. above aboutv solution, even when the current flows as a result of normal operation of the cell. The electrode is of the thermodynamically reversible type such as is used for reference electrodes in making measurements. of pH. 7 In the PICS-1 ent case, however, suflicient area must be provided to avoid polarization effects arising from cell currents. The electrode 24 may be'a sheet of silver metal 1 x 3 inches covered with a coating of silver chloride. The reference electrode potential, influenced by the changes in the composition of the reference solution,
supply of this'solutionbut also by virtue of the shielding function of the porous separator plate protects against gross changes in reference solution composition.
The potential between the electrode 24 and. the reference solution 22', as has been indicated, remains constant even with current flow through the cell. Accordingly, if the voltage: as: read on: the? voltmeter 41 is varied, there willbe a corresponding change in the potential on electrode 25'. Thus, the potential of ,theworkingel'ectrode 25 may beset atany selected value co-responding with the reaction-voltage needed for removal or change of state: of the constituent to be measured. 7 j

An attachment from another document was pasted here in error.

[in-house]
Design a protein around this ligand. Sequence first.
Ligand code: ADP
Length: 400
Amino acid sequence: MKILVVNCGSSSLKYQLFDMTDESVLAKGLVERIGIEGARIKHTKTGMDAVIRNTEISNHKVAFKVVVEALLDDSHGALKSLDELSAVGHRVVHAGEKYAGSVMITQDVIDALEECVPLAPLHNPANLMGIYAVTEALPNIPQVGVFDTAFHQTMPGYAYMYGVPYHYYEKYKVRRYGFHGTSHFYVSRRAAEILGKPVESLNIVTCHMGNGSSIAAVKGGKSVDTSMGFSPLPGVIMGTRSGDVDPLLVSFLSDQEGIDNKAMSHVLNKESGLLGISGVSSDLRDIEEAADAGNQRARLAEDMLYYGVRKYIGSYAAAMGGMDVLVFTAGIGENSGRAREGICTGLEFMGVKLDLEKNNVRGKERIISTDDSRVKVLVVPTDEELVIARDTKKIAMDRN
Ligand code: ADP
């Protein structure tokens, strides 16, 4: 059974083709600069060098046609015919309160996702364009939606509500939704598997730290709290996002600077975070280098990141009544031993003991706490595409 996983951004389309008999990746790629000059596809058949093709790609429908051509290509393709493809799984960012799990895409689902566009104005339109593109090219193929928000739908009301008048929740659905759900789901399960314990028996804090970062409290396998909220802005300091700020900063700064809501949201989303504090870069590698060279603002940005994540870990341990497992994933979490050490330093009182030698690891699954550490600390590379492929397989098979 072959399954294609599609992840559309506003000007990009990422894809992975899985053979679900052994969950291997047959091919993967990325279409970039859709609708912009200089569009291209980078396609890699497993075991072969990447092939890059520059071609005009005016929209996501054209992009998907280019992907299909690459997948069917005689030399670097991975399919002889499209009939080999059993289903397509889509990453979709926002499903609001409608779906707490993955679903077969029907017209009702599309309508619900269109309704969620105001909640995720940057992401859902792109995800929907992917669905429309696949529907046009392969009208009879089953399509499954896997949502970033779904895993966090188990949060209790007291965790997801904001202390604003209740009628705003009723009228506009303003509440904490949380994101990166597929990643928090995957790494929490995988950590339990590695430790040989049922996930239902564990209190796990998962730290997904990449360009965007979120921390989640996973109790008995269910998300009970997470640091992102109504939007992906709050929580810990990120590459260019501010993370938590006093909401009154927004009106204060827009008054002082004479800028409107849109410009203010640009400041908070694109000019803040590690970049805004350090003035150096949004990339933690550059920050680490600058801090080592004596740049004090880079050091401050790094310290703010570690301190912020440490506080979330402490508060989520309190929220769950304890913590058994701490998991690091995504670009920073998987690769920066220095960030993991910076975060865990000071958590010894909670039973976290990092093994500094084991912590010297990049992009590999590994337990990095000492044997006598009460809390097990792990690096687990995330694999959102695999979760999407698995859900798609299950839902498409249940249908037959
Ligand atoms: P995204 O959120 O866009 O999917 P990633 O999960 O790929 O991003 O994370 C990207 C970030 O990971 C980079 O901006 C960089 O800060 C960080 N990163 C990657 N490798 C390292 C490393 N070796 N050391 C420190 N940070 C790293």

. For convenience, the potentials hereinafter given for the working electrode 25- are thosewhich. may be readily set on the scale: of voltmeter 41.. Where positive volta ges are'given, the working electrode 25 will be made positive and where negative voltagesl are given the working electrode 25 will be made negative.